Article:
The pink & red rainbow was tough. I should have let my pink dry a bit more before I dabbed the red dots on top of the pink (literally on top, just like lampwork dots-on-dots). An arc of wire on the outside might have been a good idea, too.
Important:Allow your piece to dry before firing! Or the enamel will boil/volcano off!
Depending on the size of your piece, you may be able to fire it in the basket (preferred). I fired mine on the mesh and because of the size of my blank (max that fits on the tripod! so it took a little longer to heat), it got teensy flecks of burnt mesh on it. (There are only a few, and you can only see them if you look very closely.)
I highly recommend the Handy Flame II Torch Head for a piece this size.
See "Pop of Color" for a good description of the torch firing process.
It would be safest to allow this piece to cool slowly in a pan of warmed vermiculite, but I dropped it into a quenching bowl of water and nothing popped. (pshew!)
After firing and cooling, create necklace:
Use short sections of 2 sizes of round rolo chain, interspersed with 4mm blue quartz or aquamarine "bubbles" on eye pins, and Swarovski Crystal Scarab Beetle bead. You don't need to cut the chain; you can open the links, and use them like jump rings (see that Jewelry Basics 101 link above for created beaded eye pins and working with jump rings). Interspersing the 2 sizes of round rolo links gives a nice organic/underwater look.
This necklace hangs best as a short (nearly choker-length) necklace, approx. 18" total.
Use the larger (4.5mm) rolo chain to attach directly to the submarine, or use a large oval raw copper jump ring.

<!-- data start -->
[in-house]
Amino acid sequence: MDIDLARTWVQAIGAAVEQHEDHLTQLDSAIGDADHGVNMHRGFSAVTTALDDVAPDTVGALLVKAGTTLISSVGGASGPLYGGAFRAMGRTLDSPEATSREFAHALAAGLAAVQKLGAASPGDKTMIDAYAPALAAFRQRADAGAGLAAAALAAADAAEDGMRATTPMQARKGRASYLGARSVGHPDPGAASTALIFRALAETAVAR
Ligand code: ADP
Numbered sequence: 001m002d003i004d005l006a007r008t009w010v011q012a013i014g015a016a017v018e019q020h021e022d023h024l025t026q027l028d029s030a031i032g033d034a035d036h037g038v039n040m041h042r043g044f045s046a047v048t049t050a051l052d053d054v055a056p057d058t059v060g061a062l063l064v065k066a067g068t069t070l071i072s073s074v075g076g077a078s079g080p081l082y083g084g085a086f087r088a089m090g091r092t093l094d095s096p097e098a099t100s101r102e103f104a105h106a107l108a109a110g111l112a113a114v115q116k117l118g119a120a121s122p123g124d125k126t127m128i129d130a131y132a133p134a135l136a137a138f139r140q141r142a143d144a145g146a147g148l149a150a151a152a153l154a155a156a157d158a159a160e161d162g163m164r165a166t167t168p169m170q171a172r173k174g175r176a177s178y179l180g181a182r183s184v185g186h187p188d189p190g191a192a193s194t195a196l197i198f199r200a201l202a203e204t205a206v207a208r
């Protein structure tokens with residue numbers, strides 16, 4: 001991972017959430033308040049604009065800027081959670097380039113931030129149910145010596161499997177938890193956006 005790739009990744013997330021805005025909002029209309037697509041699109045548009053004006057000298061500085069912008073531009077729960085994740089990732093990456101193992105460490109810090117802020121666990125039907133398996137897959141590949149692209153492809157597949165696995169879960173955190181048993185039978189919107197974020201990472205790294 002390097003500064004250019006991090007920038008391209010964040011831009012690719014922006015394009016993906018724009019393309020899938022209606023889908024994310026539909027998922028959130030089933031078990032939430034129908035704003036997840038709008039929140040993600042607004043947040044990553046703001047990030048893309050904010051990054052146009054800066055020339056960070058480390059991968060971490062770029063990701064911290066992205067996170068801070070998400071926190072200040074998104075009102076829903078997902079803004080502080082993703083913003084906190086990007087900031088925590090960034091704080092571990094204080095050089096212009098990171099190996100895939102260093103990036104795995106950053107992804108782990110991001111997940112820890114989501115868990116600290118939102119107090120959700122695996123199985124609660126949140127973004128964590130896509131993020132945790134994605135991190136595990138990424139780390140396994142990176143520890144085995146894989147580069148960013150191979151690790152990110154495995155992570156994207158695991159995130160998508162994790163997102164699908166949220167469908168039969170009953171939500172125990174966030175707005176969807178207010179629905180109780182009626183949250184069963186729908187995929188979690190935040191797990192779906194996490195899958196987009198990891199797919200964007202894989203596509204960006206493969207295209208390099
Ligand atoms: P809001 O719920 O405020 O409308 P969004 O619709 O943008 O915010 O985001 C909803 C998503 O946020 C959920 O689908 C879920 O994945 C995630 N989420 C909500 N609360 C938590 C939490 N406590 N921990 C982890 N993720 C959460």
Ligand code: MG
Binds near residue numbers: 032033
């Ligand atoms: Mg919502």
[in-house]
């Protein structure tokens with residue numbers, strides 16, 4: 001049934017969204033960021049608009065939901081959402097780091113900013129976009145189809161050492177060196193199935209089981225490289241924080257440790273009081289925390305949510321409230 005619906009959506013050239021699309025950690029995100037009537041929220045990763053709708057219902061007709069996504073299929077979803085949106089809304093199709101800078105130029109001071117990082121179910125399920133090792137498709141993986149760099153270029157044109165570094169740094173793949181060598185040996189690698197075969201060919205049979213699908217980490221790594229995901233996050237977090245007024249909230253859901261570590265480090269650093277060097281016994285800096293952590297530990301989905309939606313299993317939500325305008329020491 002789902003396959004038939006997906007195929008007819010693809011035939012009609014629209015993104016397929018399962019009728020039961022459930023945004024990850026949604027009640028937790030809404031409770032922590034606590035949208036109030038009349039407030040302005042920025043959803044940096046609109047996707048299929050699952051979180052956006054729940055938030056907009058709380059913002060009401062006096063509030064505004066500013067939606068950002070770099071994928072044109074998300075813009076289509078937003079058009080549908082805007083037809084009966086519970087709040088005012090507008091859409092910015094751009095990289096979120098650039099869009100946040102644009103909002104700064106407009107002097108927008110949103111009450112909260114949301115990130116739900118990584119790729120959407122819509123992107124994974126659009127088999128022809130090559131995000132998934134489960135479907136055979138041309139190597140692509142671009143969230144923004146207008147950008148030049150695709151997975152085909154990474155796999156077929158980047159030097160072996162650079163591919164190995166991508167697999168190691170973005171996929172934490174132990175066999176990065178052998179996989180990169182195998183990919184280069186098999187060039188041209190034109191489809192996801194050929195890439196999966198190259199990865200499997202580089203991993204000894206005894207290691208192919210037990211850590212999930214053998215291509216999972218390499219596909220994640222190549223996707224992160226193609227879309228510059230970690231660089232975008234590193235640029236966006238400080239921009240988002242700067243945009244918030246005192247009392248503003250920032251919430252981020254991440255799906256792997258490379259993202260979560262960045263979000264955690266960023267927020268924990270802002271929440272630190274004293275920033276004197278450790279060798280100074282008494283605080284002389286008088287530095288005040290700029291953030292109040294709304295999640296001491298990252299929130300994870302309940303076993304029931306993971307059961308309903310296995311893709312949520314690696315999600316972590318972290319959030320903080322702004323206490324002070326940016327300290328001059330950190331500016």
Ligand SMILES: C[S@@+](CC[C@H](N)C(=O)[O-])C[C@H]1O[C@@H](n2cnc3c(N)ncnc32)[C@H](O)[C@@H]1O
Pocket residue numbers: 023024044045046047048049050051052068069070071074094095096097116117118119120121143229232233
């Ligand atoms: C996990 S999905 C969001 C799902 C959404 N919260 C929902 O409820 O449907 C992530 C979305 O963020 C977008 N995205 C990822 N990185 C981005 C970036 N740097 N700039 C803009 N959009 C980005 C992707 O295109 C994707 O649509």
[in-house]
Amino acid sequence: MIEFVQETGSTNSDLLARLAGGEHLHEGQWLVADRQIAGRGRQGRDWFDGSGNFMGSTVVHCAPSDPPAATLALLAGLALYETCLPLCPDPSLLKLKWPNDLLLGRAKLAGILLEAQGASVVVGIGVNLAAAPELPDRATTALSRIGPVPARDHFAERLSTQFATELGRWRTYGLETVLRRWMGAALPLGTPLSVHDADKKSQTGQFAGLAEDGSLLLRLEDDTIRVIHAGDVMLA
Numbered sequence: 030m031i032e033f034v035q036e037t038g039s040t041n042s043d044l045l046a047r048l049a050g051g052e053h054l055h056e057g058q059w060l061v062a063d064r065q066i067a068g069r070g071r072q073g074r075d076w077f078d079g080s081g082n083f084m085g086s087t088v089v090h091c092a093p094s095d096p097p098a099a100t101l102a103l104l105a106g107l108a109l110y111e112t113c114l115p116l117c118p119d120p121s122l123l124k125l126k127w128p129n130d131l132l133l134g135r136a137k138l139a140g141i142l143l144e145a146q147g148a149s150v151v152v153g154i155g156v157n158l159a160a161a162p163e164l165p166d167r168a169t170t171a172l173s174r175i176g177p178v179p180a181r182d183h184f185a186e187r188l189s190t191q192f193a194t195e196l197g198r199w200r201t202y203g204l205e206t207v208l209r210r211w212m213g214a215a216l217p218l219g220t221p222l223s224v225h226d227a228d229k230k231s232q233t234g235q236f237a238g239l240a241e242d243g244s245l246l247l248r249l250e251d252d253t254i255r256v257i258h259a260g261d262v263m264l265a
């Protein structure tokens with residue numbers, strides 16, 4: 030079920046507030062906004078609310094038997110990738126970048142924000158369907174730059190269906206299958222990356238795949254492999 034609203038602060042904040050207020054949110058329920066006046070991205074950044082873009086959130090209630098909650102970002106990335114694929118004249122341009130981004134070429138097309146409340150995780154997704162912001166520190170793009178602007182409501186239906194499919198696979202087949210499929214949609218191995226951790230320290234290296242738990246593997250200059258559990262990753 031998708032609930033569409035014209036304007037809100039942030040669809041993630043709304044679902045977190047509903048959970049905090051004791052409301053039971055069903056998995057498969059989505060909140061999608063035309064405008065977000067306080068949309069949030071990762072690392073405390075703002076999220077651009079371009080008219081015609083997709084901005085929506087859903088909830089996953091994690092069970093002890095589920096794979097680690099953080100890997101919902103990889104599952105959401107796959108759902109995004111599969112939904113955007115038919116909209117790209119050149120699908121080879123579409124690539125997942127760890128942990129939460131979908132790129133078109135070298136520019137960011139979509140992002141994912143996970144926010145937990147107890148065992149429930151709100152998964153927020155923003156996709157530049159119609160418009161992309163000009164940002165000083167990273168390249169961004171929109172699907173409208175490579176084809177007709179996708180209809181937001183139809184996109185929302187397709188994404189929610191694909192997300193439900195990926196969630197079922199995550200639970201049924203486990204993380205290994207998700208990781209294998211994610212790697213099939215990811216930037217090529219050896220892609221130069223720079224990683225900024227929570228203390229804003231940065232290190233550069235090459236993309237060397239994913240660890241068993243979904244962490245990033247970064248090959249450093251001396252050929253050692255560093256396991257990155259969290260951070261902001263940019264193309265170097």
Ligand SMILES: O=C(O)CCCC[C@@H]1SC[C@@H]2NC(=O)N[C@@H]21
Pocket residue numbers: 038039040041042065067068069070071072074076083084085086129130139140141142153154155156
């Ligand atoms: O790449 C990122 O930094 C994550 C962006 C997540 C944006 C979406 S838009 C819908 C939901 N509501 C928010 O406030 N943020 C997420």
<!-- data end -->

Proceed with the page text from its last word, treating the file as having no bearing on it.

Use the large oval raw copper jump rings to attach clasp.
1 hundred-pack [use 2ish] #37-050-54 Raw Copper Jump Ring, Oval, Heavy
1 each #86-220-07 Penny Brite Copper Cleaner
1 each #81-500-1830-S Thompson Opaque 80-mesh Enamel for Metals - Marigold Yellow, Sample
1 each #81-500-1237-02 Thompson Opaque 80-mesh Enamel for Metals - Butter Yellow, 2-oz.
1 each #81-500-1880-S Thompson Opaque 80-mesh Enamel for Metals - Flame Red, Sample
1 each #81-500-1715-S Thompson Opaque 80-mesh Enamel for Metals - Clover Pink, Sample
1 each #81-500-1560-S Thompson Opaque 80-mesh Enamel for Metals - Bluejay Blue, Sample
The manufacturer of the copper rolo chain used in this project has closed. Some good substitutions:
1 foot #40-071-002-0 3mm Raw Copper Curb Chain by the Foot
1 foot #40-071-001-0 4mm Raw Copper Cable Chain by the Foot
Jeweler's Saw Frame
Cut Lube (or beeswax)
Bench Pin / Bench Block & Clamp
Needle Files (handle is optional)
EURO TOOL "Helicopter" punch - read the instructions!
Cup bur (wire rounder)
Chain-nose pliers (I prefer bent chain-nose)
Fiber-grip Tweezers (for carrying hot objects)
Klyr-Fire (optional - you can use distilled water instead)
Cobalt Dropper (optional - but it's pretty! and great for precise drops of distilled water)
Tripod with Mesh Screen
Torching Basket (optional)
Rubber Cement (double-stick tape works too, but it gums up your blade a bit, making it more likely to break).
Fine-tipped (sable?) paintbrush
Artist's palette (with small depressions for mixing enamel and water)
Need help? There are things teachers tell you, or that you read in books and tutorials, that don't fully make sense until you break a few blades or have to start over and use another one of those templates that I said to print a FEW copies of. I learned a few things while cutting this out, that sparked those memories! If you have questions about using a jewelers saw or enameling, please post a comment/question on these blog articles: